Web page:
My guest this week is Robbie Eaton Cheadle. Many of you will be familiar with Robbie’s blog and also her books. Here she gives us an insight into her latest WIP.
Robbie Eaton Cheadle
It always surprises me, when I write a novel, how many unexpected bits of historical trivia turn up during my research process.
I am not a ‘pantster’ writer, I must have some direction. I am also not a detailed planner, although I do have a spreadsheet for my planned and partially written Cli-fi trilogy. It is necessary for those books because there are a large number of characters I need to keep a handle on. My standard modus operandus, however, is to write backwards. I plan the ending of my books or stories and then I decide where I’m going to start on the timeline of my story. The timeline is usually historical, except for the unnamed trilogy which is forward looking.
The middle of the book takes its own path as I write towards my planned ending. This path often includes the little pieces of trivia I discover and find interesting, as I think it makes the story more fun and relatable for readers.
One such piece of information I discovered while doing research on America’s participation in World War 1 for my latest WIP, The Soldier and the Radium Girl, is the story of the Doughnut Girls.
The Story of the Doughnut Girls
Americans did not want to enter the war that had erupted in Europe in 1914. President Wilson won his second election campaign with the slogan ‘he kept us out of war.’ As a result, when Wilson delivered his Declaration of War Message to Congress on Germany on the 2nd of April 1917, his voters were not pleased.
The American government had to implement conscription when their recruitment target was not met, and this resulted in an even more negative attitude by the general public towards the war.
The Salvation Army decided to send women to France to lift the spirits of the American soldiers and to serve them comfort food.
When the American troops moved to the front lines in France, morale plummeted to an all-time low following thirty days of straight rain and heavy German gunfire. In an attempt to lift their spirits, Salvation Army Officers, Helen Purviance and Margaret Sheldon, decided to cook the men a treat that would give them ‘a taste of home.’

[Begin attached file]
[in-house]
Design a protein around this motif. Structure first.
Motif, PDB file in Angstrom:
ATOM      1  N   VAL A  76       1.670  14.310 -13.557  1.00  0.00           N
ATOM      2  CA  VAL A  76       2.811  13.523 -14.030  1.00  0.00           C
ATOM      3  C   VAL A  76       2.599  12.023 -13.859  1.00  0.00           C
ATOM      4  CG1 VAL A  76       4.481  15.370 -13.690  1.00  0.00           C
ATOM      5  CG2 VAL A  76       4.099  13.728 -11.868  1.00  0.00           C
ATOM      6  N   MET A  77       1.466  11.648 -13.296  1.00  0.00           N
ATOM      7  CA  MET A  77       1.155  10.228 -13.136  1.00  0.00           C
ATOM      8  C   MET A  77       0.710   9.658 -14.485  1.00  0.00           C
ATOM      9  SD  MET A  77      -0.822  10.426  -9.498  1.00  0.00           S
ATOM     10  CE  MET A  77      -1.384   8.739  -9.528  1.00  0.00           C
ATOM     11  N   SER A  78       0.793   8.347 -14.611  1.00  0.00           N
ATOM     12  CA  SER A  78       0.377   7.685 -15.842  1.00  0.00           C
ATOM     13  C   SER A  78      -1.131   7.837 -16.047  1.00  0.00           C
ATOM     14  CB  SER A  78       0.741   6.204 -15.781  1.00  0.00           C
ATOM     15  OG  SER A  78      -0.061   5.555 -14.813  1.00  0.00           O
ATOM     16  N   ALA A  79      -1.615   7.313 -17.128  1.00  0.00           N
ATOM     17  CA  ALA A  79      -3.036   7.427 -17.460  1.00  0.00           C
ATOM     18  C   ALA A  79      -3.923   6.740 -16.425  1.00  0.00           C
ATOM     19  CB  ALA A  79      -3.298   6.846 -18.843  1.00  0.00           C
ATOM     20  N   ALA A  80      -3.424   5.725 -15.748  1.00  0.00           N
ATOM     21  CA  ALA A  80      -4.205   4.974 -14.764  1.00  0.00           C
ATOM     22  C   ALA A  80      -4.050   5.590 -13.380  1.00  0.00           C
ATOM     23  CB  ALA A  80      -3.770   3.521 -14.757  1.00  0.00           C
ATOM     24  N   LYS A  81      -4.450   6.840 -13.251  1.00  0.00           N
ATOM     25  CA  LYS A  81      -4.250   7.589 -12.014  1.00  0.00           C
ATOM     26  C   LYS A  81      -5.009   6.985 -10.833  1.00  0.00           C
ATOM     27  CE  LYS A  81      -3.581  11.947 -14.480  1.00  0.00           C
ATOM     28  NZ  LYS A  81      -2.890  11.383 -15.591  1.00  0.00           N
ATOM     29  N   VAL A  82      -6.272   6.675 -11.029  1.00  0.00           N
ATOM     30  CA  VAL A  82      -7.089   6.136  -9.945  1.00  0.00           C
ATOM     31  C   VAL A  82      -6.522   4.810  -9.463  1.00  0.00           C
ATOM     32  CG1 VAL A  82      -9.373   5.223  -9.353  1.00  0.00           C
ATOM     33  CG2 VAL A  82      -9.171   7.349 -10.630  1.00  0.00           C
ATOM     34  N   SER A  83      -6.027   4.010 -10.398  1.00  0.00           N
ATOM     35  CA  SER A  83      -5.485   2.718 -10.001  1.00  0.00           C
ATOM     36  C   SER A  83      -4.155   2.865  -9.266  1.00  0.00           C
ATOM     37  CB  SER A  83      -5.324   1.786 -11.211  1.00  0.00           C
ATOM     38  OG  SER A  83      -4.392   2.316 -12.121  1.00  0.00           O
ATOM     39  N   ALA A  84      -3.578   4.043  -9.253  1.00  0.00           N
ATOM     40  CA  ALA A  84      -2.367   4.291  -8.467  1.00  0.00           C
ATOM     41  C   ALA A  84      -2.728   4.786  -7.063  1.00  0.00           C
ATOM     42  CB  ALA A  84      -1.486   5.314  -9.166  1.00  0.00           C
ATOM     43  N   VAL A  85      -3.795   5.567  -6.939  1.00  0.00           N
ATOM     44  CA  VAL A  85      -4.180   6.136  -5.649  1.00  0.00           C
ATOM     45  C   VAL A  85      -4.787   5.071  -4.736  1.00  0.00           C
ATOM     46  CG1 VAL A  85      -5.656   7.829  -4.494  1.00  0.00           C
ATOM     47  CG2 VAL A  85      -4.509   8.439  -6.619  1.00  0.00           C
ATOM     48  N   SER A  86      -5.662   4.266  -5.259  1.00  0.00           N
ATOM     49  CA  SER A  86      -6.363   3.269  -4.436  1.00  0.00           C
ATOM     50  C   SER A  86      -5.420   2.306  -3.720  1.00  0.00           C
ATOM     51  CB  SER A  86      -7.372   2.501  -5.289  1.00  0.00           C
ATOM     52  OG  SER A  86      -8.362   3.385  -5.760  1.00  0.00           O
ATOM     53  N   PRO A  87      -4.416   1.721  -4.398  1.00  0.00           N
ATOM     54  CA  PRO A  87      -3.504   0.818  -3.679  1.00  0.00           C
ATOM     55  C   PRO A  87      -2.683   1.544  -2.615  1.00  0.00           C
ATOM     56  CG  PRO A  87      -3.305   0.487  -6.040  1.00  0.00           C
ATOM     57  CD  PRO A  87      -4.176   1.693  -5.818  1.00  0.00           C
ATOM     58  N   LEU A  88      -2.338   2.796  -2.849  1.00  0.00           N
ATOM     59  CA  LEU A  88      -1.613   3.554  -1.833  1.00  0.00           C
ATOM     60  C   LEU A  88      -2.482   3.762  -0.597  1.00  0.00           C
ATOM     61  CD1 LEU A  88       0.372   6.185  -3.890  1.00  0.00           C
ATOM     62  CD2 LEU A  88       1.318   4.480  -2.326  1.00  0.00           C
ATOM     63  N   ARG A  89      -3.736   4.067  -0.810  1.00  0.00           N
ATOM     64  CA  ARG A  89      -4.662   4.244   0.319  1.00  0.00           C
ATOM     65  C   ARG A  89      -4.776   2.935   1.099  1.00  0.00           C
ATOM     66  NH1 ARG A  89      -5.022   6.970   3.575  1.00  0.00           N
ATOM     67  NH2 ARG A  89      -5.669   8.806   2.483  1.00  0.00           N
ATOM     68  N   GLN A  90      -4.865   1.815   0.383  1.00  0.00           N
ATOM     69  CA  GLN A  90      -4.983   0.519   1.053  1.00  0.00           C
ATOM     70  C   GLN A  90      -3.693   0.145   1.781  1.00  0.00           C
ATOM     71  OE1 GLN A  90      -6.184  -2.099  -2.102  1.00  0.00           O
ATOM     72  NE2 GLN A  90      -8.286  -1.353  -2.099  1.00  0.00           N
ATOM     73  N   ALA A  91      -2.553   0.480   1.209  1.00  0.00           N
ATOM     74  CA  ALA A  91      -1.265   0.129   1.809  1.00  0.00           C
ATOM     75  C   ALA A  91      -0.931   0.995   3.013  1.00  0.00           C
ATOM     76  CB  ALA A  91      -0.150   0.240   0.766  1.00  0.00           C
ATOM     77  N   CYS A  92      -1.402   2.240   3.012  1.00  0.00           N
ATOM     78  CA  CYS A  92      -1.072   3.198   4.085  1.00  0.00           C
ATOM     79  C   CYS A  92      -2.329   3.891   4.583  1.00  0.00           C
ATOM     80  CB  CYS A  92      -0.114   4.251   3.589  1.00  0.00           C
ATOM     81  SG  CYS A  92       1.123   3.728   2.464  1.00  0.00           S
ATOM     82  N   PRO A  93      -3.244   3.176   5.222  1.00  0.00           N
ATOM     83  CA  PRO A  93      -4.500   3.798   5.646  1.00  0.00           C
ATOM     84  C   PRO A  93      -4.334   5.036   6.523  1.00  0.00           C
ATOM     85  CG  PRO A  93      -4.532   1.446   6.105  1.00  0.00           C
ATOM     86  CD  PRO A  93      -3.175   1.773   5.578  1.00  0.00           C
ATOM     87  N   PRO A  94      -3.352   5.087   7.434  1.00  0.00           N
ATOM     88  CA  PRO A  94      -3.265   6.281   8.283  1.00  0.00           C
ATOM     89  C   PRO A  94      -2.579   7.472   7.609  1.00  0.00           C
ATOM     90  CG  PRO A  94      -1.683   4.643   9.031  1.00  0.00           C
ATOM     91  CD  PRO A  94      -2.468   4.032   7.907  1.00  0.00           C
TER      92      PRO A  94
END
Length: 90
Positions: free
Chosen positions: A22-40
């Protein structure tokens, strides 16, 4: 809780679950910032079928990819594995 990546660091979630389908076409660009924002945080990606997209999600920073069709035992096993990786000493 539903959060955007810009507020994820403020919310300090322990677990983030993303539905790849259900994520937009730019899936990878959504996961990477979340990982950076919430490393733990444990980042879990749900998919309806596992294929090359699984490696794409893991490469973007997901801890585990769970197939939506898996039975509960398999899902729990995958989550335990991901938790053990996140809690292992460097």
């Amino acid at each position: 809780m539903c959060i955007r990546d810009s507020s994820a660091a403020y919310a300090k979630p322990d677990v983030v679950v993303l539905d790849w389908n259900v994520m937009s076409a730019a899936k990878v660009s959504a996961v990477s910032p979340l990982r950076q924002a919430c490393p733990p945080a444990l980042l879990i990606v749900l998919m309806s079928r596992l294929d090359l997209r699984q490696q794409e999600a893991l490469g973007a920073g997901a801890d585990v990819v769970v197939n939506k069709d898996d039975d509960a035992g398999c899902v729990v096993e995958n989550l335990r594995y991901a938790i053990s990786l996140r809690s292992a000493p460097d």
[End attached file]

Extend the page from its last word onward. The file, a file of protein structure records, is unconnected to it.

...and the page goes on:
They managed to beg the necessary eggs from the residents of a nearby village and raid ration packs for sugar to make doughnuts. They also had to invent new methods of shaping the dough by using ammunition shells as rolling pins and tin cans as cutters. The first doughnuts were fried, seven at a time, in a pan.
When these overcooked doughnuts were served, they were a huge hit with the homesick soldiers and before long the women of the Salvation Army, nicknamed the Doughnut Lassies, were serving up to 9,000 doughnuts a day. The doughnut became a symbol of everything the Salvation Army was doing to ease the hard lives of the fighting men at the front. The ‘Doughnut Lassies’ were featured in newspaper headlines and recruitment posters across the United States.
When World War 1 ended and the troops returned home, the demand for doughnuts continued.
Roberta Eaton Cheadle is a South African writer and poet specialising in historical, paranormal, and horror novels and short stories. She is an avid reader in these genres and her writing has been influenced by famous authors including Bram Stoker, Edgar Allan Poe, Amor Towles, Stephen Crane, Enrich Maria Remarque, George Orwell, Stephen King, and Colleen McCullough.
Roberta has short stories and poems in several anthologies and has two published novels, Through the Nethergate, a historical supernatural fantasy, and A Ghost and His Gold, a historical paranormal novel set in South Africa.
Roberta has nine children’s books published under the name Robbie Cheadle.
Roberta was educated at the University of South Africa where she achieved a Bachelor of Accounting Science in 1996 and a Honours Bachelor of Accounting Science in 1997. She was admitted as a member of The South African Institute of Chartered Accountants in 2000.
Roberta has worked in corporate finance from 2001 until the present date and has written seven publications relating to investing in Africa. She has won several awards over her 20-year career in the category of Transactional Support Services.